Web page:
From: Daniel Bronstein To: Arthur Waskow Subject: Before you think “outside the box,” find out what’s in the box
Much of your worldview is grounded in mysticism, while I’m more of a rationalist. You employ the language of the mystics, while I am more influenced by the Mussar movement and the language of Jewish humorists. And while I enjoy fruit and nuts as much as the “oddballs” of medieval Safed, I have never particularly cared for radish.
Your note sets inaccurate and superficial dichotomies; for example that there is an “old paradigm” of Rabbinic Judaism clashing with a “new paradigm” of “renewed” Judaism. As you know, Judaism has varied over time and place. To which time and place do you refer with the term “Rabbinic Judaism”? The Sages, the rabbis of Babylonian academies, and rabbis in 21st-century North America share many rituals and beliefs, but there are also many differences.
I am even less persuaded by the equation that old = bad and new = good. As someone who loves artifacts more than computer games, I’ve never had anything against “old” things. Moreover, centuries ago, Christians also bifurcated what they framed as God’s “Old Testament” from their “New” version. While you’re not saying that your branch of Judaism supersedes othe
r forms of Judaism as Christians argued in relation to Judaism, you do strike a triumphalist note.
I am a third-generation Reform rabbi. From the late 19th century through the beginning of the 20th, Reform Judaism was in a triumphalist mode. It took a lot learning, human history, and humility to realize that we did not have all the answers, nor would we alone be the salvation for Jews and humanity.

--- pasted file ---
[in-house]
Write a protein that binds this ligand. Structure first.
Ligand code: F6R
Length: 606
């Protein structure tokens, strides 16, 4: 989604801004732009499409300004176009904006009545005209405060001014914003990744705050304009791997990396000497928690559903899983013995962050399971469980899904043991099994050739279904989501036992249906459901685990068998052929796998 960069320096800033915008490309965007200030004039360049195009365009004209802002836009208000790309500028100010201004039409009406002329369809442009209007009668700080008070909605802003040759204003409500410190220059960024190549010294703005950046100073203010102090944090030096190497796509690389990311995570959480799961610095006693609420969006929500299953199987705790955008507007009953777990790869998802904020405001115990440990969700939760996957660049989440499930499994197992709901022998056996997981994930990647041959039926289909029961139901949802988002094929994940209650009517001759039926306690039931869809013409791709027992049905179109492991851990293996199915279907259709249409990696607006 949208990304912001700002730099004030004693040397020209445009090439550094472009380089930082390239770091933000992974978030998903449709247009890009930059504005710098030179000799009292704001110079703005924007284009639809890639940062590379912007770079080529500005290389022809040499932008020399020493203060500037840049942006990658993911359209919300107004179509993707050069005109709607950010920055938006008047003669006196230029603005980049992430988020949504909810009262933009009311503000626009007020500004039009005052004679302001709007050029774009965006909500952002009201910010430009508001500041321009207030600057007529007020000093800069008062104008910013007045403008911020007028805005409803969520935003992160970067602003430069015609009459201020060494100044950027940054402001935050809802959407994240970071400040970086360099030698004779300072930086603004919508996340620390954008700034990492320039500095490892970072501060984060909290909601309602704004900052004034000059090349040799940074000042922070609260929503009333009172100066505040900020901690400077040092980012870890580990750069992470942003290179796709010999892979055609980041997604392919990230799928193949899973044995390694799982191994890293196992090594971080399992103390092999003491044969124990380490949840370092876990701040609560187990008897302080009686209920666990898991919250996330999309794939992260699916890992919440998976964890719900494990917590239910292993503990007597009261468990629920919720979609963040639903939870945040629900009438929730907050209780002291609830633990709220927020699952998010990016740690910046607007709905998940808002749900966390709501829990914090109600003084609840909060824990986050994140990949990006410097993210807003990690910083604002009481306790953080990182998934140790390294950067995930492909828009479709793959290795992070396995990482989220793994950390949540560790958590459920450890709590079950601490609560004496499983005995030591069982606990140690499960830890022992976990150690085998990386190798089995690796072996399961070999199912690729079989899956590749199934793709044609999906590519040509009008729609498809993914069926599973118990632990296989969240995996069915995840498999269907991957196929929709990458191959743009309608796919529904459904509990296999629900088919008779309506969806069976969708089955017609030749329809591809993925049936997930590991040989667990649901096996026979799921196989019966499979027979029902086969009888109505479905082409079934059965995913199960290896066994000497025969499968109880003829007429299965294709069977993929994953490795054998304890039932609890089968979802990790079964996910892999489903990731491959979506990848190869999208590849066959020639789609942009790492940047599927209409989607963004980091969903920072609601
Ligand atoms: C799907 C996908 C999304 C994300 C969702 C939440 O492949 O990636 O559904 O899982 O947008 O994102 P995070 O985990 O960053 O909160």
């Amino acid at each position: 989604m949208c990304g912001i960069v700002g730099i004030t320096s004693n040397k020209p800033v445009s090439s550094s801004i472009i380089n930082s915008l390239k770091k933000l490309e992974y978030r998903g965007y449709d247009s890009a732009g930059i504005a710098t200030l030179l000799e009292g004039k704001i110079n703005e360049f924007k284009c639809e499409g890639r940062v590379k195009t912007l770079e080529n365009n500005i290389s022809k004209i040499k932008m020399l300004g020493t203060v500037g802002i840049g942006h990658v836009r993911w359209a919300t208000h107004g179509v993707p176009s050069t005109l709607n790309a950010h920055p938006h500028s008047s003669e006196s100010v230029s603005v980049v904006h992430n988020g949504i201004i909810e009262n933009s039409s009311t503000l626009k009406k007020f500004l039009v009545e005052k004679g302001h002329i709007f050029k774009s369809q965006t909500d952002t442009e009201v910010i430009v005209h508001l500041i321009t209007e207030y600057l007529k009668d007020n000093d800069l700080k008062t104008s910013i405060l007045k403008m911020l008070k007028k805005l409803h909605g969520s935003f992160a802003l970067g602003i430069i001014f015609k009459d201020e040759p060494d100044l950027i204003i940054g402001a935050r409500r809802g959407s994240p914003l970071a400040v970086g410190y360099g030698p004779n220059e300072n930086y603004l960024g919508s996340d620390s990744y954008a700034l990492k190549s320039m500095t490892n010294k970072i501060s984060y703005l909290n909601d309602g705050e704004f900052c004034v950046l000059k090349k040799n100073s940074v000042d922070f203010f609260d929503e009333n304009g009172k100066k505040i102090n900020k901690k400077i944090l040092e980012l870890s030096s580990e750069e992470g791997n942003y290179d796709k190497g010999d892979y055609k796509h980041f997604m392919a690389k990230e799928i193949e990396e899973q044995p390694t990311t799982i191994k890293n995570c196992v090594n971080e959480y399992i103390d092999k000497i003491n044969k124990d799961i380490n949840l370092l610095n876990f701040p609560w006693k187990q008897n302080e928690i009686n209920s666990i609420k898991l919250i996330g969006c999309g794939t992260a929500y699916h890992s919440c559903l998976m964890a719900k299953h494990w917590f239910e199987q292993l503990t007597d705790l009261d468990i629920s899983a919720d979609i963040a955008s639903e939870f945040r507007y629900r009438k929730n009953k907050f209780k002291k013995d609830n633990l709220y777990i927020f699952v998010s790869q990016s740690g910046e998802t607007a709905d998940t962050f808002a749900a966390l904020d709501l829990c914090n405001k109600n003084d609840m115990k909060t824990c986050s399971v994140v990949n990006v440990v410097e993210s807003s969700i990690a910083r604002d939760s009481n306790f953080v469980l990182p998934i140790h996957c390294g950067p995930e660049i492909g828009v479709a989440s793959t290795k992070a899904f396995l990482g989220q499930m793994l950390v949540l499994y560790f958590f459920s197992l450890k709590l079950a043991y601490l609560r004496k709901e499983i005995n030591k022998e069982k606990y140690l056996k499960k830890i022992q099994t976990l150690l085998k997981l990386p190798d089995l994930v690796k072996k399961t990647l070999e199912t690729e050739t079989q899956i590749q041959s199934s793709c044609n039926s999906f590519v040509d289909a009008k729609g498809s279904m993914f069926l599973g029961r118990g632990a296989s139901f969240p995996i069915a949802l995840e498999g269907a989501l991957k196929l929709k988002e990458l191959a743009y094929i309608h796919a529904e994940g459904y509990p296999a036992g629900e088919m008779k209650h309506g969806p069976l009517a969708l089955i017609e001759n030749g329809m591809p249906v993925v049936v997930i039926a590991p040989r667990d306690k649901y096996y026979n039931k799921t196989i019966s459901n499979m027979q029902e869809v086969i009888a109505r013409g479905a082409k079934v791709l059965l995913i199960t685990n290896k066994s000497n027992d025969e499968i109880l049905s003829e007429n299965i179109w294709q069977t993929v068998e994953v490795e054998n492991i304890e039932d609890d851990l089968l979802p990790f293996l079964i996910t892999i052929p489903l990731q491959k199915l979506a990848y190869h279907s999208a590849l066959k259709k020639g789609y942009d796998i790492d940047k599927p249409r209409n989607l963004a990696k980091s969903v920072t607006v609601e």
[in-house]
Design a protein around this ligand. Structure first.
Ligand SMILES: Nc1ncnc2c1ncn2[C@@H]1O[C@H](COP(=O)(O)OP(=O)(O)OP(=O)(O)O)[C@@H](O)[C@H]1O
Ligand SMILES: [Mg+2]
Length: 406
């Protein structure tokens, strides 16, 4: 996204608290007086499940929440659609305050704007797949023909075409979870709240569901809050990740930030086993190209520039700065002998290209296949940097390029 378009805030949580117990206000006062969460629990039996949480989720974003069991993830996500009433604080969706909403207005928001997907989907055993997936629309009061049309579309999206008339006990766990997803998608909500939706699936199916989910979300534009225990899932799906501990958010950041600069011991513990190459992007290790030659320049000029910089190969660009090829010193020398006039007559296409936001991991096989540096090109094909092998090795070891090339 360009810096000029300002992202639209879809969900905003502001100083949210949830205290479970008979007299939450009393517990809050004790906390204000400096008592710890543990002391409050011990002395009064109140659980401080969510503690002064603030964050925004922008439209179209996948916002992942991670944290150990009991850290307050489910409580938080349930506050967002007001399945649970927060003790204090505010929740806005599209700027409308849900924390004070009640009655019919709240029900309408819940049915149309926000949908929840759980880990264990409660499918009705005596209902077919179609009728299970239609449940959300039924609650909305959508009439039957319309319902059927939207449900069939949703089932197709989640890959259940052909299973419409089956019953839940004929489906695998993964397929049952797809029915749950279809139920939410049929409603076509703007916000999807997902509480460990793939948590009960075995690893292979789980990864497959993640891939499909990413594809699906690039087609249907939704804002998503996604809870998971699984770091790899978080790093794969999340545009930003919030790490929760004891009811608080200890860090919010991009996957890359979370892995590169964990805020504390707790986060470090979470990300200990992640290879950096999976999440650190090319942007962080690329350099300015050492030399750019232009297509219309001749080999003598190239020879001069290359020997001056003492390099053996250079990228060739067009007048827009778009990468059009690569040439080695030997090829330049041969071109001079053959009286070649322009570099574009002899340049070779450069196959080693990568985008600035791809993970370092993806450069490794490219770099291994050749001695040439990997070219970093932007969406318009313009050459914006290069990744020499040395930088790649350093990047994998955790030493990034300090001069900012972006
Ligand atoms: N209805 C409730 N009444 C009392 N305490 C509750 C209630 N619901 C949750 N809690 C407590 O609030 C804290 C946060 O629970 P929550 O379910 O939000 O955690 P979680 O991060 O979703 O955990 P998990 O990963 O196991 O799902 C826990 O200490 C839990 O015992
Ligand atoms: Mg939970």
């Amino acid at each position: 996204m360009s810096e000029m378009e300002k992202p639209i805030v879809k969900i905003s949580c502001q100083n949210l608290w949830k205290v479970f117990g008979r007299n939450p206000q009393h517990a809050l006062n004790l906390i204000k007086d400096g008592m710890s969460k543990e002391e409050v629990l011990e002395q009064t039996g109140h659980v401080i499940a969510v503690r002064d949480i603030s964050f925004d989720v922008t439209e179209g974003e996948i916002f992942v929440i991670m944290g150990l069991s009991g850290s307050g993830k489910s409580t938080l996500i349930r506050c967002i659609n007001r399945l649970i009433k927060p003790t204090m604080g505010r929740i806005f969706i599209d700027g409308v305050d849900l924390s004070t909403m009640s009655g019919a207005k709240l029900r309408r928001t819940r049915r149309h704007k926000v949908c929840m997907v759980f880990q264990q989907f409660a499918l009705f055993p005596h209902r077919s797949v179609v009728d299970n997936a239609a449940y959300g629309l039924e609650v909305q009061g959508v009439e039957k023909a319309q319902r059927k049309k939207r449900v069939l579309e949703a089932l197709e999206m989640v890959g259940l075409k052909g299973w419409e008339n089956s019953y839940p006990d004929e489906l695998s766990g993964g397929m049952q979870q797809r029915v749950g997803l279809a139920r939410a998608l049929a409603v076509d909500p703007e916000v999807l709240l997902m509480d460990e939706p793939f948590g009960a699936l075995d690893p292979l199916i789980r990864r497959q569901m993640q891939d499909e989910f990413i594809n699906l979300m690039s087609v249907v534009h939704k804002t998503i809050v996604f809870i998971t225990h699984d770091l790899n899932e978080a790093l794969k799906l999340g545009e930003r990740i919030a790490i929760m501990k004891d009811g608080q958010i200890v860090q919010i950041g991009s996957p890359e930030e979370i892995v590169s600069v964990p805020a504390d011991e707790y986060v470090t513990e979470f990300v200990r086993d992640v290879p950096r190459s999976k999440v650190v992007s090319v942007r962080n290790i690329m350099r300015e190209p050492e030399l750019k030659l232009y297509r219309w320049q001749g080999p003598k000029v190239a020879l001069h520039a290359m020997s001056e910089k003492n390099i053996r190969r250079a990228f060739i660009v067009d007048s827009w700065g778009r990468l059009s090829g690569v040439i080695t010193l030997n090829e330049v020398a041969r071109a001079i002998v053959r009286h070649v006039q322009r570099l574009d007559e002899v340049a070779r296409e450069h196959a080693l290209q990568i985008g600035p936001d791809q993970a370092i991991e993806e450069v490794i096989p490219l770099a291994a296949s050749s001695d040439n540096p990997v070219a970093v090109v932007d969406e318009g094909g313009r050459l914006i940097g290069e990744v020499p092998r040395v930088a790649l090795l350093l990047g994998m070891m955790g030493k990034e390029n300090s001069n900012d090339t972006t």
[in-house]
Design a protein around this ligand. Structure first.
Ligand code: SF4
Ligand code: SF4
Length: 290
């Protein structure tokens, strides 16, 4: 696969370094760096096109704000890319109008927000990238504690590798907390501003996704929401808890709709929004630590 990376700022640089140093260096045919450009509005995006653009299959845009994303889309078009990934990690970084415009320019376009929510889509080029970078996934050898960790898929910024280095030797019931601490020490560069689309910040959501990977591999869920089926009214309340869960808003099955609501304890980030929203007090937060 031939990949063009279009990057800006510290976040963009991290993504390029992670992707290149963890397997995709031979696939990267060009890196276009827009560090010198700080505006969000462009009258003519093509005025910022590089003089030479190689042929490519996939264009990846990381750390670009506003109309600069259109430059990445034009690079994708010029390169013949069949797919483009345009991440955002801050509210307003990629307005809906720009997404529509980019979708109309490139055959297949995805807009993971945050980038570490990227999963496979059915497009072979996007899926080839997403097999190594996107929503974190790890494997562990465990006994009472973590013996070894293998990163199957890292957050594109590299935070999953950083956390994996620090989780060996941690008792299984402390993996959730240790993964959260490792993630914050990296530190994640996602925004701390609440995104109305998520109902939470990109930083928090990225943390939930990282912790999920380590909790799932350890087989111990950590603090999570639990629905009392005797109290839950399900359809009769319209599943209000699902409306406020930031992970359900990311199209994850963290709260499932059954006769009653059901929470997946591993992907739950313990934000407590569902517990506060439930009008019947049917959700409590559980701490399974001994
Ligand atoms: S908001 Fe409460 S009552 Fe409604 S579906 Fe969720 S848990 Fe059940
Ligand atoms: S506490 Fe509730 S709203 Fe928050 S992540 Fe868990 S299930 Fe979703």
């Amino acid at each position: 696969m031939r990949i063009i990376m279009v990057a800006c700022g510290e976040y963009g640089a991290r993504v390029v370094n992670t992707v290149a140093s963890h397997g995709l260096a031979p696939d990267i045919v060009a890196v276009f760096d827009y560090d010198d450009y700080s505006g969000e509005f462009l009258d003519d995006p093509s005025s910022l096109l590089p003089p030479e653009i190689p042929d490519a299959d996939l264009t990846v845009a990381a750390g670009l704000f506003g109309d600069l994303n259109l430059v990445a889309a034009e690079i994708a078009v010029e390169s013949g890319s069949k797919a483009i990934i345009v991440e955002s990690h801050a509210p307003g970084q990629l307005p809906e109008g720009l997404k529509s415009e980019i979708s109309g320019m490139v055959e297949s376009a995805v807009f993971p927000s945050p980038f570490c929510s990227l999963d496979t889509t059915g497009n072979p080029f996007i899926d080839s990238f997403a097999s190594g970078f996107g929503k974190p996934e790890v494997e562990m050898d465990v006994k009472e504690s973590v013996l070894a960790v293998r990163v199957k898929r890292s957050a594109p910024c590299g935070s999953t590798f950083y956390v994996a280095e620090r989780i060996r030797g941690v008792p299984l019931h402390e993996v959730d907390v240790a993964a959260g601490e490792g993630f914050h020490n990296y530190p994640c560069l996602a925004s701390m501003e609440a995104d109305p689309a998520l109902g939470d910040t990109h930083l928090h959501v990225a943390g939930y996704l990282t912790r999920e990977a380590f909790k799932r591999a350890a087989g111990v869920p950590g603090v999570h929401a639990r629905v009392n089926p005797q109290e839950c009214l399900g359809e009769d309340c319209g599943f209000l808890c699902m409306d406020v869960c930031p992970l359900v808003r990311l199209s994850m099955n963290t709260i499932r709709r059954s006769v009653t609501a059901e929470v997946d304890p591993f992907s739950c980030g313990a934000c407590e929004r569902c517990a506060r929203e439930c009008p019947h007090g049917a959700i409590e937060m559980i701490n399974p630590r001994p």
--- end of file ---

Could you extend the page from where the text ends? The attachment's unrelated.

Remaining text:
A few decades back Conservative Judaism went through its triumphalist phase, followed by various branches of so-called Orthodox Judaism. The triumphalism of Renewal is a bracha le'vatallah—a wasted effort—and merely repeats the sins of its predecessors.
You argue that Renewal possesses a new “insight” that other “religious communities are also paths of truth.” In fact, as early as 1885, a group of radical Reform rabbis publicly proclaimed that they recognized “in every religion an attempt to grasp the Infinite, and… the consciousness of the indwelling of God in man.”
Renewal is not the first expression of Judaism to be influenced or even shaped by other cultures and religious traditions, nor will it be the last.
Our willingness to learn from other religious traditions does not mean we should conflate Judaism with other religious systems. Religious differences are not simply accidents of history, but reflect genuinely different worldviews and different conceptions of human life and the Divine.
Neither one of us truly knows whether rabbinic sages would have viewed Tibetan Buddhism as idolatrous or seen in it some sort of value. I know that Jews, Buddhists, and others often enjoy being with laughing
fat men, and I can think of more than a few fat Jewish men who even now entertain society as a whole. Even so, the melting pot of syncretism can easily lead to an impoverished understanding of others’ beliefs, as well as of one’s own.
What does this have to do with the ostensible narcissism of the baby boomers? Although it is dangerous to generalize, the truth is that from the 1960s through the present the boomer generation has viewed itself as the first to question established ideas in theology, politics, or sexuality.
Narcissism has many guises, and one of the most tiresome is arrogance, a trait you properly decry in your note. There is arrogance in believing that “new” is always “improved,” that one is always more intelligent or on a higher moral level than one’s elders or ancestors. And this is the arrogance that dismisses tradition without even understanding it, and replaces it with fads.
Arrogance, presumption, and narcissism will not lead to an enduring Judaism. Even when we choose to dispense with a particular tradition, the process of religious reevaluation must be grounded in knowledge of what is being rejected. Before one can “think outside the box,” you need to know the contents of the box.
Respectfully Yours, in Peace,